Things to Talk About: U.S. Households Spend Half Their Wage on Rent

  • More than one million U.S. households spend half their wage on rent, and it’s getting worse. As a general rule, households shouldn’t spend more than 30% of their income on housing, but a report out today from Enterprise Community Partners, an affordable-housing nonprofit group, and Harvard’s Joint Center on Housing Studies shows the number of U.S. households spending at least 50% on rent could increase 25% to 14.8 million over the next decade. — Bloomberg
  • Groupon is downsizing its operations across seven countries, with 1100 people expected to lose their jobs. The site known for its daily deals and coupons announced the restructure today and that it will “cease operations in several markets internationally: Morocco, Panama, the Philippines, Puerto Rico, Taiwan, Thailand and Uruguay.” The restructure of the company will cost them a pre-tax charge of $35 million. — TechCrunch
  • The CEO of the company that hiked life-saving drug Daraprim’s price 5000% has defended its move. Turing Pharmaceutical founder and CEO Martin Shkreli said that even with the increase, the drug is “still under-priced relative to its peers” and that the company was “practically giving it away.” It doesn’t cost much to make Daraprim, and the company was making a profit, but not enough it seems. “This drug was making $5 million in revenue,” he said, “and I don’t think you can find a drug company on the planet that can make money on $5 million of revenue.” — Salon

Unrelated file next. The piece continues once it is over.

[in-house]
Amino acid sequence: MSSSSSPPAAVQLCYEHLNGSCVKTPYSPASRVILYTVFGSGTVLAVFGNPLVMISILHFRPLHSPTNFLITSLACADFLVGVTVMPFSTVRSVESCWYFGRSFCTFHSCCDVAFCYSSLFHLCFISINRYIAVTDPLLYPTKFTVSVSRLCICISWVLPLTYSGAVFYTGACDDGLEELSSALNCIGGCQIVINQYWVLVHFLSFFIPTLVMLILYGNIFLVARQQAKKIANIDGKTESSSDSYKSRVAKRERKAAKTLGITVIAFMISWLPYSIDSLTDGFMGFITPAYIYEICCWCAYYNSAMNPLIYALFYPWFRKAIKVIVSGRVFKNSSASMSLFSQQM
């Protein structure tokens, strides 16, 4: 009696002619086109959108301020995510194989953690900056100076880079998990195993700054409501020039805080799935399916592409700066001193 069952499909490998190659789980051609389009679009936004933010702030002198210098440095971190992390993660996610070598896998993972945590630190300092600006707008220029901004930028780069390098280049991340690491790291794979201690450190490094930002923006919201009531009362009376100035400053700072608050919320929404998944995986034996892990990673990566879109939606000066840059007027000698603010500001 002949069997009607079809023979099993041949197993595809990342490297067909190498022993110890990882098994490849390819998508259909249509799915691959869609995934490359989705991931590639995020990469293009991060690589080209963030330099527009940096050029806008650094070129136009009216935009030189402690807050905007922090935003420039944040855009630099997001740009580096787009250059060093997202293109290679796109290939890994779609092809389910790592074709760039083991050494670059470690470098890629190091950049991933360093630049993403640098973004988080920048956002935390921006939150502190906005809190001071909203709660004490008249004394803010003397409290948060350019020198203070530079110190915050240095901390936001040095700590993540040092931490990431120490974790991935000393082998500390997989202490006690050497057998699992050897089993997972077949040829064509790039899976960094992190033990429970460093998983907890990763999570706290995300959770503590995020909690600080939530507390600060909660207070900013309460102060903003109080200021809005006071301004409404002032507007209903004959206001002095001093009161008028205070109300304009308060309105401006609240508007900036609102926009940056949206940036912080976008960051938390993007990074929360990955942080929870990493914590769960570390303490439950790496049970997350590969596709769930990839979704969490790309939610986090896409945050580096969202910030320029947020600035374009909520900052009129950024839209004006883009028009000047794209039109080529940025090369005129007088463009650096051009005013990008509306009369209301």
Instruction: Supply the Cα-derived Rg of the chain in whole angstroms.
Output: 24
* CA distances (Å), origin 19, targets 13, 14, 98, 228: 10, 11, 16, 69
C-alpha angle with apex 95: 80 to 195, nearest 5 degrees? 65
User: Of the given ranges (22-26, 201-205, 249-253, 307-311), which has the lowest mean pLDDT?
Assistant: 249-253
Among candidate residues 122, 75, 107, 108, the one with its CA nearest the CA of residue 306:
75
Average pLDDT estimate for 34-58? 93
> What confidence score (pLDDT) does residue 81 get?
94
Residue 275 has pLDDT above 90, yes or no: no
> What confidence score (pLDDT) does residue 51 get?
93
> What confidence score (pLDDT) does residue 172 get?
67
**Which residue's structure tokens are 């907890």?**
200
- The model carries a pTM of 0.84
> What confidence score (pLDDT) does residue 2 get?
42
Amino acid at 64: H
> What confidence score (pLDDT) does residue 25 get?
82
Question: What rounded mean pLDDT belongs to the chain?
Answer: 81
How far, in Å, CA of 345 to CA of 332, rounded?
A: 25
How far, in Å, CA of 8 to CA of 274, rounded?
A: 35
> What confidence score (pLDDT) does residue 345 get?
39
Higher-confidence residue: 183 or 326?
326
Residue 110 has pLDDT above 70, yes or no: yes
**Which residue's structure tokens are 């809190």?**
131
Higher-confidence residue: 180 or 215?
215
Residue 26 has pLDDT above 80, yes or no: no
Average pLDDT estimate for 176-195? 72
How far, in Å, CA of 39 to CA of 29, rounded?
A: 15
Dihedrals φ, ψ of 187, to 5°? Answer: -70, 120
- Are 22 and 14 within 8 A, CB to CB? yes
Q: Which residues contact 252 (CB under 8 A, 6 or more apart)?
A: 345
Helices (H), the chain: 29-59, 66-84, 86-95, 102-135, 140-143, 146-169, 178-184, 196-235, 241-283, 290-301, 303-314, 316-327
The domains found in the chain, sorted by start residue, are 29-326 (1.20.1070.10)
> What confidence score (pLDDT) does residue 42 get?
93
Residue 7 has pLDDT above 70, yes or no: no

• After being caught for trying to make its diesel cars appear cleaner than they are, Volkswagen admits discrepancies in 11 million vehicles worldwide. U.S. regulators found that the German company had "programmed some 500,000 vehicles to emit lower levels of harmful emissions in official tests than on the roads." Volkswagen has put aside $7.3 billion to cover the cost of recalls and to try to win back its customers’ trust. — Money
  • A portable wind turbine has nearly raised its entire Kickstarter goal in just one day. Created by a company in Minnesota, the Janulus portable wind turbine consists of four easy-to-use models and only weighs 1.4 lbs, with the largest model the size of a car trunk. The renewable-energy company has already raised already raised over $43,000 of their $50,000 goal, and if successful, the turbines will be ready to ship in April 2016. — Inhabitat